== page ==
Morning News Brief

Jun 21, 2018
Originally published on June 21, 2018 10:50 am
Copyright 2018 NPR. To see more, visit http://www.npr.org/.

STEVE INSKEEP, HOST:

A day can make a big difference in the Trump administration.

DAVID GREENE, HOST:

Yes, it sure can, even on one of its core issues, like immigration. Through Tuesday, President Trump and his officials had been insisting repeatedly that only Congress could end the separation of migrant children from their parents at the southern border even though that was a policy implemented by the Trump administration. Well, then yesterday, the president ended it on his own without anyone else's help.

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PRESIDENT DONALD TRUMP: We're signing an executive order. I consider it to be a very important executive order. It's about keeping families together.

INSKEEP: So what does that order do and not do? What questions are unanswered? This is really complicated, so let's begin pulling it apart with NPR's lead editor for politics Domenico Montanaro. Good morning, Sir.

DOMENICO MONTANARO, BYLINE: Morning, Steve.

INSKEEP: How does the president explain his reversal?

MONTANARO: You know, he largely glossed over it last night before thousands of people - members of his base in Minnesota. He, you know, essentially is saying that they're - that this is something that his administration has been dealing with and trying to deal with, but that the political pressure, really, is the thing that he wound up acting on here.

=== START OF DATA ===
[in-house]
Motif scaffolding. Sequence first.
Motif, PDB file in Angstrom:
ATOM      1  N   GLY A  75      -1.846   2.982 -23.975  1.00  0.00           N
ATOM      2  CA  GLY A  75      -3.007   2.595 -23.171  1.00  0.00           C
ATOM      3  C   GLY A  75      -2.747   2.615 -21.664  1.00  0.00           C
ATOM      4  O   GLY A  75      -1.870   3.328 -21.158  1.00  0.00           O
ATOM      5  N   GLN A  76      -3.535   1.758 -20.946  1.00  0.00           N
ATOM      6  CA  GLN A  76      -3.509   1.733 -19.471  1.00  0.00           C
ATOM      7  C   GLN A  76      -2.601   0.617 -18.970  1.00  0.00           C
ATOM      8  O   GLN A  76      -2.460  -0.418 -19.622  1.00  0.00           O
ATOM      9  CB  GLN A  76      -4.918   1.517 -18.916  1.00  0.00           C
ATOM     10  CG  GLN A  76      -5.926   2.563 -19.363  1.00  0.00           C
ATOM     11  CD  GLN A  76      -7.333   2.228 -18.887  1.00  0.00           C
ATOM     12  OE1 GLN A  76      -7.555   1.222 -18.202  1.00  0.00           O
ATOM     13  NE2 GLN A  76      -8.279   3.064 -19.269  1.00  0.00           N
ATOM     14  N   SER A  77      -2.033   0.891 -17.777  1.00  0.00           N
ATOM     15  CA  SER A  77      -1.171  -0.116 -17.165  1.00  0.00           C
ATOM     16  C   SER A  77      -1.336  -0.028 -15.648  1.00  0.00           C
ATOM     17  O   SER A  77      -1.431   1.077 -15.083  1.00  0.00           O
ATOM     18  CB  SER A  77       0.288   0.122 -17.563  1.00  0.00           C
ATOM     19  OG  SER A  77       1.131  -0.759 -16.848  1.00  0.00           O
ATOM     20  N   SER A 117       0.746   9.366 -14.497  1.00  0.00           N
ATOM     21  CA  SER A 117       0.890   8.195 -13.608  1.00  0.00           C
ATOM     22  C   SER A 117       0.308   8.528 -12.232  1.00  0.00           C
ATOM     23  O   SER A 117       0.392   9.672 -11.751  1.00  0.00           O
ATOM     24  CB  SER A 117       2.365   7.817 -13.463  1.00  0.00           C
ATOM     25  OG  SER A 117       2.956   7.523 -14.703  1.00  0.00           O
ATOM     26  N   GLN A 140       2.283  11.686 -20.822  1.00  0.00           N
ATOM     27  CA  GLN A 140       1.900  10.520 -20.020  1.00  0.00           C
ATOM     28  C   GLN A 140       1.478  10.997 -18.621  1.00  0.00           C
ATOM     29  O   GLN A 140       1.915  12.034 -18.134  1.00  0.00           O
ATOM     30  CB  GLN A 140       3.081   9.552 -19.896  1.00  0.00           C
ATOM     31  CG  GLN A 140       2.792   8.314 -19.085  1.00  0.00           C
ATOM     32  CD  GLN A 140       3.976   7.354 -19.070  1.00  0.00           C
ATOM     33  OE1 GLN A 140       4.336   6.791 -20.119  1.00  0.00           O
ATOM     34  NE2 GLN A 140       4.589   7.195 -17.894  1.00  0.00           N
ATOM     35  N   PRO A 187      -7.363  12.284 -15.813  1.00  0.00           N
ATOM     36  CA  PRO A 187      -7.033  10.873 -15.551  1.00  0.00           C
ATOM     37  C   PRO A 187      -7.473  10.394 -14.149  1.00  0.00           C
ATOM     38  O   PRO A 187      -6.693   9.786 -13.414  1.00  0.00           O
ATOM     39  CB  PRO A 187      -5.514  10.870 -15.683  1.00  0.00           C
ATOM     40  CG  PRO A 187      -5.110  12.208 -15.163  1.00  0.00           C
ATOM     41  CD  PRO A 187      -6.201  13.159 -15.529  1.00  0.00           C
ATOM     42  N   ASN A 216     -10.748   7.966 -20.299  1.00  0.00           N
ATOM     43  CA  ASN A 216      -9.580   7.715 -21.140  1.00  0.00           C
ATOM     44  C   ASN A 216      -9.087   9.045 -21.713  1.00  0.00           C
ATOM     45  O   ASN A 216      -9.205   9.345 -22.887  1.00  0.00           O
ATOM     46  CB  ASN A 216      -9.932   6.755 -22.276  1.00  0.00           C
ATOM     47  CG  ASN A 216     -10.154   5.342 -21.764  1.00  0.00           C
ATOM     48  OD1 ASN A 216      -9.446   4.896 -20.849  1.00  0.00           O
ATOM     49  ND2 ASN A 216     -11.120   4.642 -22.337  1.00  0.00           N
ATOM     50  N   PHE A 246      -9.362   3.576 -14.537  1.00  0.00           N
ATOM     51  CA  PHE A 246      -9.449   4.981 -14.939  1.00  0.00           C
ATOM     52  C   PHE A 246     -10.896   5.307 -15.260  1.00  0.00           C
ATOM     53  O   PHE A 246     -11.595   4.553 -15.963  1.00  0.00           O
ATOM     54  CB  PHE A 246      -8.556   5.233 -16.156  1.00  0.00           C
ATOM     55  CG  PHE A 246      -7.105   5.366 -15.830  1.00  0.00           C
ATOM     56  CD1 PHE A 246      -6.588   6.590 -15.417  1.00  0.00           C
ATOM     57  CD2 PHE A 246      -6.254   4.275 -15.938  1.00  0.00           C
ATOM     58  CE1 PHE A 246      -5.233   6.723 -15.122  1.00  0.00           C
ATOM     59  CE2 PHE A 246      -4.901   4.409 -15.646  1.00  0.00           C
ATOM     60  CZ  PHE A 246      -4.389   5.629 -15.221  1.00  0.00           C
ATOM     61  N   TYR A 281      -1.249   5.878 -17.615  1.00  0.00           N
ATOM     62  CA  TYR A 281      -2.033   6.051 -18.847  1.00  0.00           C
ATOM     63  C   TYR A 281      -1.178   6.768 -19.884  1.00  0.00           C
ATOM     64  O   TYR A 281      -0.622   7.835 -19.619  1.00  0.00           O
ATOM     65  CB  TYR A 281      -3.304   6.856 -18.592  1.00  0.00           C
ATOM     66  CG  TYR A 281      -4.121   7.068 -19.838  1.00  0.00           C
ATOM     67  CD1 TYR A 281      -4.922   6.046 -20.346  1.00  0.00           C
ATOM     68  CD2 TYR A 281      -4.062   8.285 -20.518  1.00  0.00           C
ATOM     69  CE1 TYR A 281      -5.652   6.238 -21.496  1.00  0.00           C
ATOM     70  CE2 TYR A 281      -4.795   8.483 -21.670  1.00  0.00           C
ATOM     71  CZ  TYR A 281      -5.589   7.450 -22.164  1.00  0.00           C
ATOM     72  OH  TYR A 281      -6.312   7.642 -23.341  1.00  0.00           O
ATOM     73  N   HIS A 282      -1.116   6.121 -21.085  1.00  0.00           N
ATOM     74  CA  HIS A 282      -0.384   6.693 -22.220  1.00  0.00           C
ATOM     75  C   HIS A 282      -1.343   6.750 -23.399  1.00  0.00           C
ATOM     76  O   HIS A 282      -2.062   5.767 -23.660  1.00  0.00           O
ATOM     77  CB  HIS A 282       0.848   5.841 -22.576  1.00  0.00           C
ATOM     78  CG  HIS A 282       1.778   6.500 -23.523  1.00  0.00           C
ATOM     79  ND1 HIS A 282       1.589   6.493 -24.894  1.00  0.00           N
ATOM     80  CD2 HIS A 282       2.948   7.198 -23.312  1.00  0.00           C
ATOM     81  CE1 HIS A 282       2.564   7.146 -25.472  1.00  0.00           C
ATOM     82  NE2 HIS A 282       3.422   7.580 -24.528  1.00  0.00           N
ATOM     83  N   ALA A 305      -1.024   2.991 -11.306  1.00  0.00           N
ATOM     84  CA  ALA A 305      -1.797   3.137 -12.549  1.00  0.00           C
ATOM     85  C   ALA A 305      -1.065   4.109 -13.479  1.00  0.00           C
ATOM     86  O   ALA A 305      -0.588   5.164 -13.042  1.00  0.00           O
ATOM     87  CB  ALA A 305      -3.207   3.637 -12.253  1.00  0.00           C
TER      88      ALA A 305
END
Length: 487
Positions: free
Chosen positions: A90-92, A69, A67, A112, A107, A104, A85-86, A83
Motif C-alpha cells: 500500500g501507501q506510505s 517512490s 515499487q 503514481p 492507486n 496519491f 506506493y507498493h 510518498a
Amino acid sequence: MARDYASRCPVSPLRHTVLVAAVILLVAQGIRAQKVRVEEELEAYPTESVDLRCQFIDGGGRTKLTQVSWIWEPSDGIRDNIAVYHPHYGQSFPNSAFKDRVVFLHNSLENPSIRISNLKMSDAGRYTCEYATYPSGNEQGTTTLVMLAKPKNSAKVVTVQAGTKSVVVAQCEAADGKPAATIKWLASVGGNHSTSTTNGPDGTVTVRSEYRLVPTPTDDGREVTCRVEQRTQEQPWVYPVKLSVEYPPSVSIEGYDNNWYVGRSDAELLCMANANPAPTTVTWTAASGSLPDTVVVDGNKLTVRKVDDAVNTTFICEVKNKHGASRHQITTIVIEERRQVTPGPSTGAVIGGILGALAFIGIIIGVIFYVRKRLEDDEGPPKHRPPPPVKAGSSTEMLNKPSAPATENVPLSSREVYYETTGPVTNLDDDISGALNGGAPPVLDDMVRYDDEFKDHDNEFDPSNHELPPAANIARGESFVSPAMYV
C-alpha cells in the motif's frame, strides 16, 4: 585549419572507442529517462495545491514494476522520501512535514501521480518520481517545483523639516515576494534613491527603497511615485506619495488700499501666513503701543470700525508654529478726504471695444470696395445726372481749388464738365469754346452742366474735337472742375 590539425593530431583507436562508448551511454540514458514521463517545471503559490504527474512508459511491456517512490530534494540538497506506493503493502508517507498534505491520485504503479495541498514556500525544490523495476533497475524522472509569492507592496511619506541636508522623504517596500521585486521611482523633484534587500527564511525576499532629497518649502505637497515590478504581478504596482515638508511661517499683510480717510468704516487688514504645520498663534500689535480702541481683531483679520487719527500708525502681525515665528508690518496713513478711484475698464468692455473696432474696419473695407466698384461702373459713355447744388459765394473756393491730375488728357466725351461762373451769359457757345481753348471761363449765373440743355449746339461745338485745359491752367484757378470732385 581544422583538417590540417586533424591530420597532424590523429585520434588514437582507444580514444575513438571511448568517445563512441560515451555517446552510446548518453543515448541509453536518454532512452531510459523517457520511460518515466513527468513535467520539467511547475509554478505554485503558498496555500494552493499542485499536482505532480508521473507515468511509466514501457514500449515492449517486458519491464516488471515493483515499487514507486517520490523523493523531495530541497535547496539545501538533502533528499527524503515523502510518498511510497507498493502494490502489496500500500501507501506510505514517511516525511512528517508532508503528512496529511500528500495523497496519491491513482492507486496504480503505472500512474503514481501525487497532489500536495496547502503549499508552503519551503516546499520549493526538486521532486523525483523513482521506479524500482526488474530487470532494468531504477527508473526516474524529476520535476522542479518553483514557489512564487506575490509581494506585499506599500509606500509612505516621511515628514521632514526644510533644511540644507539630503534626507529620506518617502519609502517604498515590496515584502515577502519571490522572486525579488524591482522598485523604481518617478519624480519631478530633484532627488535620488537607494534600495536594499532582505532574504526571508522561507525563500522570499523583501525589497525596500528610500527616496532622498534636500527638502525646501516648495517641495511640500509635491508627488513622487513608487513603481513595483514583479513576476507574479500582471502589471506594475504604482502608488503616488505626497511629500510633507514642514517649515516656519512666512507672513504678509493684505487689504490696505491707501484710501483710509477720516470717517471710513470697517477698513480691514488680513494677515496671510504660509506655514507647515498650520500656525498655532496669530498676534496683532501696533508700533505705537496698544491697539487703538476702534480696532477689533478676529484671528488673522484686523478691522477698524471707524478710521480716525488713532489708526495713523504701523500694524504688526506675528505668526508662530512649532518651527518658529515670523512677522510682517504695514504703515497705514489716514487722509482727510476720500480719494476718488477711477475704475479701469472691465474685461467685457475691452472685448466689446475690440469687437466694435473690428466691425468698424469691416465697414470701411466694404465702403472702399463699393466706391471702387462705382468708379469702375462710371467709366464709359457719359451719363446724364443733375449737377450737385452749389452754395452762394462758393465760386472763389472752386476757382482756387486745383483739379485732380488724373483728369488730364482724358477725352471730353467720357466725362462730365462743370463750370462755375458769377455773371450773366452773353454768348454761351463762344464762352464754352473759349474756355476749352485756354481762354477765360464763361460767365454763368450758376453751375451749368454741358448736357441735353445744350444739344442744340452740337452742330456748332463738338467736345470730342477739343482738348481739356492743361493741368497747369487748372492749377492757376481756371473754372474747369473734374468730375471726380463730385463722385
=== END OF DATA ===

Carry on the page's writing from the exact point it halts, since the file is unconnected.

INSKEEP: And this is something that seemed to bother him - this order - even at the same time he implemented the order. And members of the administration were very enthused.

MONTANARO: They absolutely were. I mean, you know, you had his Homeland Security secretary just the day before, Kirstjen Nielsen, talking about how they have to enforce the law. They took a very hard line, and decided to take a little bit of the air out of the political pressure by deciding to sign this executive order.

INSKEEP: Yeah. Kirstjen Nielsen defended this at the White House podium. General - Attorney General Jeff Sessions did. John Kelly defended it on this very program. But yesterday, Vice President Mike Pence had a rather different sentiment.

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VICE PRESIDENT MIKE PENCE: What the president's made clear is we believe it's a false choice between whether we are a country of law and order, a country with borders and a country that demonstrates the compassion in the heart of the American people and respect for families.

INSKEEP: Just days before, Kirstjen Nielsen had insisted that was the choice - either do it our way, or we have chaos and no enforcement of the law. What changed about the administration's point of view?

MONTANARO: Well, really, this again has a lot to do with the political pressure that had been building. You know, we've heard from behind the scenes that apparently his daughter and the first lady were putting some pressure on him. But the biggest pressure that this president is susceptible to is - are the optics, you know?

He doesn't want to see these images on television showing children behind cages looking like they're, you know, in situations that are - that don't look humane. And he doesn't want to have to be blamed for that, which is why you continue to see, even though it's his policy, him not want to try to own this because the political optics of this were really terrible.

And the idea for this president - sure, his job's not on the line, but lots of moderate Republicans in the House, they certainly do have their jobs on the line, and they wanted this dealt with quickly.

INSKEEP: Aren't they still going to vote in the House on immigration legislation? Because we should underline, the president changed this one policy, but immigration is still a tangled mess.